The past is not at rest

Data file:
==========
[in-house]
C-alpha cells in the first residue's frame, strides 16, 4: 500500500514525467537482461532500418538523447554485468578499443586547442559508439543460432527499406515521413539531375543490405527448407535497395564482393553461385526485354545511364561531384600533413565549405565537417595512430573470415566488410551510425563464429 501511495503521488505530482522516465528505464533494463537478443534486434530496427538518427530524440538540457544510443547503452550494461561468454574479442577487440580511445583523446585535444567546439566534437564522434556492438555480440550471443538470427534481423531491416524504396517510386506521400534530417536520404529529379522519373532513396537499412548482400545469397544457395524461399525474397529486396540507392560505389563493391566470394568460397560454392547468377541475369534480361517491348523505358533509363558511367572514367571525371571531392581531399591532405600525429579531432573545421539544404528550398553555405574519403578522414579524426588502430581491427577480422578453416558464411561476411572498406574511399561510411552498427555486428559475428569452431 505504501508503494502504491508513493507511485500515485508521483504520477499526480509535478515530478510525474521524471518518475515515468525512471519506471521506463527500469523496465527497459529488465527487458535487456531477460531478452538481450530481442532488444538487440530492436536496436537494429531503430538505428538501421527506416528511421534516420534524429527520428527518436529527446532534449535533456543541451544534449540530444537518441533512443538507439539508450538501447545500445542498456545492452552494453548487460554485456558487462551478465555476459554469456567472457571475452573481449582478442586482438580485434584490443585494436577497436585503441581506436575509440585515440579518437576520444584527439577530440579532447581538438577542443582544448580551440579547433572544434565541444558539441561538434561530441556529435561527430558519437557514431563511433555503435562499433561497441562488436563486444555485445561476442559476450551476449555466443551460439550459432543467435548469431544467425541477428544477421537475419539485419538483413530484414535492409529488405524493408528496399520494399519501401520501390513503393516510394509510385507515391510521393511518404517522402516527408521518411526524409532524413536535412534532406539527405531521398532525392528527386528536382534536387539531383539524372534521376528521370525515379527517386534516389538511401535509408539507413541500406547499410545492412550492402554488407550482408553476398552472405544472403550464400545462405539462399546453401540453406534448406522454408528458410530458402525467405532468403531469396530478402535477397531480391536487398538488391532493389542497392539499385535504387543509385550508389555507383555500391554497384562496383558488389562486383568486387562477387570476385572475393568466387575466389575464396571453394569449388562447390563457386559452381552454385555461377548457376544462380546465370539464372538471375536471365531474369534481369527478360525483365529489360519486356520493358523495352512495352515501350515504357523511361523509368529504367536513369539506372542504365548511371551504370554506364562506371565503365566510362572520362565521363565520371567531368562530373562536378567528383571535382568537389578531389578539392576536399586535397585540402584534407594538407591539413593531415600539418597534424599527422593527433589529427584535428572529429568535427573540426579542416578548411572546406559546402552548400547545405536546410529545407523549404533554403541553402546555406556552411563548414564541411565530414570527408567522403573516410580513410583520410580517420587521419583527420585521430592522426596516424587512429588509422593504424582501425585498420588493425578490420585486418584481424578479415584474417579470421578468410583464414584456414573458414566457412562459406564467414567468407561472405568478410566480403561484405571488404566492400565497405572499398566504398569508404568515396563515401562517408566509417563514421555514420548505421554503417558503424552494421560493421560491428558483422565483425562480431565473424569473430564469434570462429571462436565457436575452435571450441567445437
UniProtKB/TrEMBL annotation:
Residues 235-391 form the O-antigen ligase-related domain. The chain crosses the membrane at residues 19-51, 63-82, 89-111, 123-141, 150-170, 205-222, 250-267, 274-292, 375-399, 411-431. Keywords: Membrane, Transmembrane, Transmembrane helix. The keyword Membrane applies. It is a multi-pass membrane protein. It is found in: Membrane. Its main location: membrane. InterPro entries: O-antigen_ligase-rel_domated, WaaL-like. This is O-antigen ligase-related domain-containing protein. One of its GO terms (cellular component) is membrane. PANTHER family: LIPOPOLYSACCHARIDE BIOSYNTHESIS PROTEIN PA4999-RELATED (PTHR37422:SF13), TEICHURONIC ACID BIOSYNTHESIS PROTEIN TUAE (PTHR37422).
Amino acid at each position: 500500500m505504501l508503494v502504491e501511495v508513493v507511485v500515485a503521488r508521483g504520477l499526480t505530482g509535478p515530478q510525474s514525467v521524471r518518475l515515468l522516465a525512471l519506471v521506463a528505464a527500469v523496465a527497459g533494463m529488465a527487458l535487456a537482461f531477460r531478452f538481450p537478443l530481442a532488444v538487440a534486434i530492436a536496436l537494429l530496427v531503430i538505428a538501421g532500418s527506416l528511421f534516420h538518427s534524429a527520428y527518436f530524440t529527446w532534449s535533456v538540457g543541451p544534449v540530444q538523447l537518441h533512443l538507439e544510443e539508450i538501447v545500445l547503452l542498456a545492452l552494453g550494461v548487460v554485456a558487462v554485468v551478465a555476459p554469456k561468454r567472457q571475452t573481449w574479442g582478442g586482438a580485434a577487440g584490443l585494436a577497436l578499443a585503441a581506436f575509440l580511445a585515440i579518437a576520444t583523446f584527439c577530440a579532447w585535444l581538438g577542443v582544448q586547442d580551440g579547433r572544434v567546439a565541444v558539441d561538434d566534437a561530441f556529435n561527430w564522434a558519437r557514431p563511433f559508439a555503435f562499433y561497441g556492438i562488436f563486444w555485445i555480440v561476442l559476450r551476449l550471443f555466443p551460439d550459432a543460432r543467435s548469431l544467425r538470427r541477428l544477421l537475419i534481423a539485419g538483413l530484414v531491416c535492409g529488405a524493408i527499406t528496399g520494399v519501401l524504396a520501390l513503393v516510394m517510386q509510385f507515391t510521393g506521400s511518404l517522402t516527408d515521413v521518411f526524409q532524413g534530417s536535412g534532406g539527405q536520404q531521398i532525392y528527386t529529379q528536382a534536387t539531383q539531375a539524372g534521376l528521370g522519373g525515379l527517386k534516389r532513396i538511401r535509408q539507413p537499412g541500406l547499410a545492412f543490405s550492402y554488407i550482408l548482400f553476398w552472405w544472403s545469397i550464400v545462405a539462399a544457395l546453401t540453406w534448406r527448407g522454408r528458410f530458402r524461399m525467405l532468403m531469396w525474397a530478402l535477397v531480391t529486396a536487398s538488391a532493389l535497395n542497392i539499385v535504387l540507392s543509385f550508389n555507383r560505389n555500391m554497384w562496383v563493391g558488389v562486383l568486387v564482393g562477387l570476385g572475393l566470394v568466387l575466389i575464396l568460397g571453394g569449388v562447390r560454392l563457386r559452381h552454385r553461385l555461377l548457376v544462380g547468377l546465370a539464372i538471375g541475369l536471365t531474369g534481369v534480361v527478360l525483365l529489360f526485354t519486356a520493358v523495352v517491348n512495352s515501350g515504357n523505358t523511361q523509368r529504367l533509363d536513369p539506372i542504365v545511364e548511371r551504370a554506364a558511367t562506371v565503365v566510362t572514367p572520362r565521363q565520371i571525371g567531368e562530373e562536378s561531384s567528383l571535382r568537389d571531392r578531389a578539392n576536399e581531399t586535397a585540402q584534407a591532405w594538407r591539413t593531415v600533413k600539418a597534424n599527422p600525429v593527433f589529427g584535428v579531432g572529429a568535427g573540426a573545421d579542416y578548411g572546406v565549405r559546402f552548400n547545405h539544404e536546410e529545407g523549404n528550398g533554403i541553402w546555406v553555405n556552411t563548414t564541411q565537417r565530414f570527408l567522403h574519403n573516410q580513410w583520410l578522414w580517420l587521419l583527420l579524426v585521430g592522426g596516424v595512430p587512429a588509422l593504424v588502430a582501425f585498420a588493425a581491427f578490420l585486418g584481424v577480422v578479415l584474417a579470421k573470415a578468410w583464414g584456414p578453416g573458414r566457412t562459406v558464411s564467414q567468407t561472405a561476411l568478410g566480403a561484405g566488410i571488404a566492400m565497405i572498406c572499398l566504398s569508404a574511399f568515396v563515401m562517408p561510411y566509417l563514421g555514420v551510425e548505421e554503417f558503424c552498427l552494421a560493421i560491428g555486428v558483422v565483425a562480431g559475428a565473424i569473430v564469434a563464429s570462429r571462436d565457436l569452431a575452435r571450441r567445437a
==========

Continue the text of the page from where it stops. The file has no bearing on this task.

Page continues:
The Moulin Rouge is certainly the most archetypal French vaudeville, founded in 1889 at the height of the Belle Époque by Joseph Oller and Charles Zidler, and still offers its guests music, dance and drama. Initially, it was used for revues, operettas, and cinema performances, followed by shows that emulated circus performances. At the same time, acrobatics and clowning, along with showgirls and dancers, were part of the performances, which at first served only to entertain wealthy citizens, the founders of vaudeville. The can-can, in which the dancers perform high kicks, became a trademark of the Moulin Rouge. Jane Avril and La Goulue were two famous performers at the vaudeville in Montmartre who were particularly celebrated for their can-can, but over the years celebrities such as Edith Piaf, Frank Sinatra and Ella Fitzgerald also performed here.